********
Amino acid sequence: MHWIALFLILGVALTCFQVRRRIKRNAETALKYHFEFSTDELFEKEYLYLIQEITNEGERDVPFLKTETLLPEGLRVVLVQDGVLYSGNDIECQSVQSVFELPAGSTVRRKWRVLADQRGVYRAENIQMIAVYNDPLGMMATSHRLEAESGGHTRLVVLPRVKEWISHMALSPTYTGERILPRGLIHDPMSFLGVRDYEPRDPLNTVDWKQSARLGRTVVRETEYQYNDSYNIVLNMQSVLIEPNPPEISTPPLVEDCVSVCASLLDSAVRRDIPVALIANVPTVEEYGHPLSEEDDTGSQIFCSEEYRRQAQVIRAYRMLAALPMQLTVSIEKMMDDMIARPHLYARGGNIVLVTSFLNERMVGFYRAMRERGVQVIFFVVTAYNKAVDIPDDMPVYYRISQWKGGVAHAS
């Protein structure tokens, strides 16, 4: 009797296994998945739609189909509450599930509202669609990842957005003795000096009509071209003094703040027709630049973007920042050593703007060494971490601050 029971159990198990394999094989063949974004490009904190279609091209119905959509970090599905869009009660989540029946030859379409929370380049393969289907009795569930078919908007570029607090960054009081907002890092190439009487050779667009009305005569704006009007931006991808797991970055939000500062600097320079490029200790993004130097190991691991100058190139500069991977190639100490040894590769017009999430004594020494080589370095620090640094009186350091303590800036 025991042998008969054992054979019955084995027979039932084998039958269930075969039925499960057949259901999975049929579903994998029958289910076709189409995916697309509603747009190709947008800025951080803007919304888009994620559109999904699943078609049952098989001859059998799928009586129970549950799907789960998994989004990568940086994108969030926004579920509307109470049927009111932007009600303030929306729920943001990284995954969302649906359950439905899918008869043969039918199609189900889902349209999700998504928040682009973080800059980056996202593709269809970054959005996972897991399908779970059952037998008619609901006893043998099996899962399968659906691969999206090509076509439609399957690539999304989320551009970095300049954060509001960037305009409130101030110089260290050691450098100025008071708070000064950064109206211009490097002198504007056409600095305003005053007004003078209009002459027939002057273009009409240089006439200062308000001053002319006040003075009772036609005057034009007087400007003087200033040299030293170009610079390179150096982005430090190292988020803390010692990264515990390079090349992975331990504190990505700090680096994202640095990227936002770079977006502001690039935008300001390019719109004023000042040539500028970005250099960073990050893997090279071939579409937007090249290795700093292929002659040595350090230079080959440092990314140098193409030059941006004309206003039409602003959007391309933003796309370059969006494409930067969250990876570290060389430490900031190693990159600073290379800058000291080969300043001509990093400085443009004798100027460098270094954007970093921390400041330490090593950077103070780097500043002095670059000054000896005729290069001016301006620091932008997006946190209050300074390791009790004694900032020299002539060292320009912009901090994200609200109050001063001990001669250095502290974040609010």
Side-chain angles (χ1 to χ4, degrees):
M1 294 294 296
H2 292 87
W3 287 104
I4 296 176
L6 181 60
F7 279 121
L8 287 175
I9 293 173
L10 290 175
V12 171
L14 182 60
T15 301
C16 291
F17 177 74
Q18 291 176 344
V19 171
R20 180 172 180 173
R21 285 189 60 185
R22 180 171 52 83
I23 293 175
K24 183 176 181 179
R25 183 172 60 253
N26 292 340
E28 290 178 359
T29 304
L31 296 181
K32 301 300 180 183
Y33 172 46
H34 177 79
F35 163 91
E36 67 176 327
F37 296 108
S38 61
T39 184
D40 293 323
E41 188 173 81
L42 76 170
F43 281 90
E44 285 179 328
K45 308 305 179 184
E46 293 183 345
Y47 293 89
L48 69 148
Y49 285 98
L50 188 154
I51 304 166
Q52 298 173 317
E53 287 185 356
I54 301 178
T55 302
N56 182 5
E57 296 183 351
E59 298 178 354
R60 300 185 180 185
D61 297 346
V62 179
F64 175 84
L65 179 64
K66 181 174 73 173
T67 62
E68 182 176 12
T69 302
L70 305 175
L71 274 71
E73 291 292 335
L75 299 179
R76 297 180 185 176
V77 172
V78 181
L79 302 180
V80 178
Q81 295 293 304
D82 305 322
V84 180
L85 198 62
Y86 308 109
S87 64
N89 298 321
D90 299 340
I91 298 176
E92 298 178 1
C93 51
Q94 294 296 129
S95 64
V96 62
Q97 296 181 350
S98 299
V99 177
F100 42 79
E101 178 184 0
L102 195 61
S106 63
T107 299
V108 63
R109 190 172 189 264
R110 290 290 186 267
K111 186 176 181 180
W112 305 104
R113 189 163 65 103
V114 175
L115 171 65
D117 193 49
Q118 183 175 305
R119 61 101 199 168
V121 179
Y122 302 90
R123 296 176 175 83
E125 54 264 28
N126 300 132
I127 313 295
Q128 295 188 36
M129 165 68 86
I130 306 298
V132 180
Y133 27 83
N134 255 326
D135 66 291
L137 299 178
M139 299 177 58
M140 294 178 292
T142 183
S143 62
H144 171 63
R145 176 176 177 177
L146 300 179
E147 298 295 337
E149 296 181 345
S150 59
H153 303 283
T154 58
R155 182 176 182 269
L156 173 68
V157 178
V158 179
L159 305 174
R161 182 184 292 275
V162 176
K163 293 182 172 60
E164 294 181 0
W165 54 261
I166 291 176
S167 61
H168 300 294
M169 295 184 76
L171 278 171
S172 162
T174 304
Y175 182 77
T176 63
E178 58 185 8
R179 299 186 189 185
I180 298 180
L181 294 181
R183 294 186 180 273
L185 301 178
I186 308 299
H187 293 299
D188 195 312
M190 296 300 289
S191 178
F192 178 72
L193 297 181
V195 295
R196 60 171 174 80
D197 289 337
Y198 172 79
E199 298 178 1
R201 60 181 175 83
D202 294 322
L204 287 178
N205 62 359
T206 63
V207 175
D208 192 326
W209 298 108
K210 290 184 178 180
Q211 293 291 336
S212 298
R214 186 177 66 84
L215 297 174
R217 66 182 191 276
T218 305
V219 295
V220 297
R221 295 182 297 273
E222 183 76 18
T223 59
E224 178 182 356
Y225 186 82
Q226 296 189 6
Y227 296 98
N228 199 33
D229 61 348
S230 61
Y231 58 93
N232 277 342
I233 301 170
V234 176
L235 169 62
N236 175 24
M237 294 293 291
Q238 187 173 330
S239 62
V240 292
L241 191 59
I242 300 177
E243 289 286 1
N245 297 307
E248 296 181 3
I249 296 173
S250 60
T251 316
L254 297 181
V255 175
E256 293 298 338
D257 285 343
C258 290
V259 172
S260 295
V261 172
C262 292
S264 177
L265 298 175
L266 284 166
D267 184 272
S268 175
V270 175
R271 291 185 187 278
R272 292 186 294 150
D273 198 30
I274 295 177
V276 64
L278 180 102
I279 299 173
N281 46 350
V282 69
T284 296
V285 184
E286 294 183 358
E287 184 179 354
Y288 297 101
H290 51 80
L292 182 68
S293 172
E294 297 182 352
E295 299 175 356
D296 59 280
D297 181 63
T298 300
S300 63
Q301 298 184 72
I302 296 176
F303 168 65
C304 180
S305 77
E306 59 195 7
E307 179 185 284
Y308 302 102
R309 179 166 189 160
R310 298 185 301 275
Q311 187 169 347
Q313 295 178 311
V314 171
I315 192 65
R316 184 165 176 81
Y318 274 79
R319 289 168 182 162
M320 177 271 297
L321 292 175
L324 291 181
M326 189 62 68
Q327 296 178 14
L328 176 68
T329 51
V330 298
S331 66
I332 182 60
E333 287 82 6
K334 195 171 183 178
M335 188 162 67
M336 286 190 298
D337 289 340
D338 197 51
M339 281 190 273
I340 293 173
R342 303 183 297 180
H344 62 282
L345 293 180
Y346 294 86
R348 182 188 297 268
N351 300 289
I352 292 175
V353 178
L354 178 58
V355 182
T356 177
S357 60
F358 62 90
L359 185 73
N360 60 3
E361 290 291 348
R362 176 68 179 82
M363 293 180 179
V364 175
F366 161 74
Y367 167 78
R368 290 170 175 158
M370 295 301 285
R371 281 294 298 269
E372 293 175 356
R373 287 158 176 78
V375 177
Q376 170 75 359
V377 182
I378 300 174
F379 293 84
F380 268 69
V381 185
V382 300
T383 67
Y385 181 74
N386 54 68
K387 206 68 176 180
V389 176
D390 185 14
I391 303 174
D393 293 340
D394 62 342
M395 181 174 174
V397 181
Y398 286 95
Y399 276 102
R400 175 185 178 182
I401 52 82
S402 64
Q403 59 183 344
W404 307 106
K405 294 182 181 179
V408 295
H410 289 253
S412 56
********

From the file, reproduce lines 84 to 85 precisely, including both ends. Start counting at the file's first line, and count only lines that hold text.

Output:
E92 298 178 1
C93 51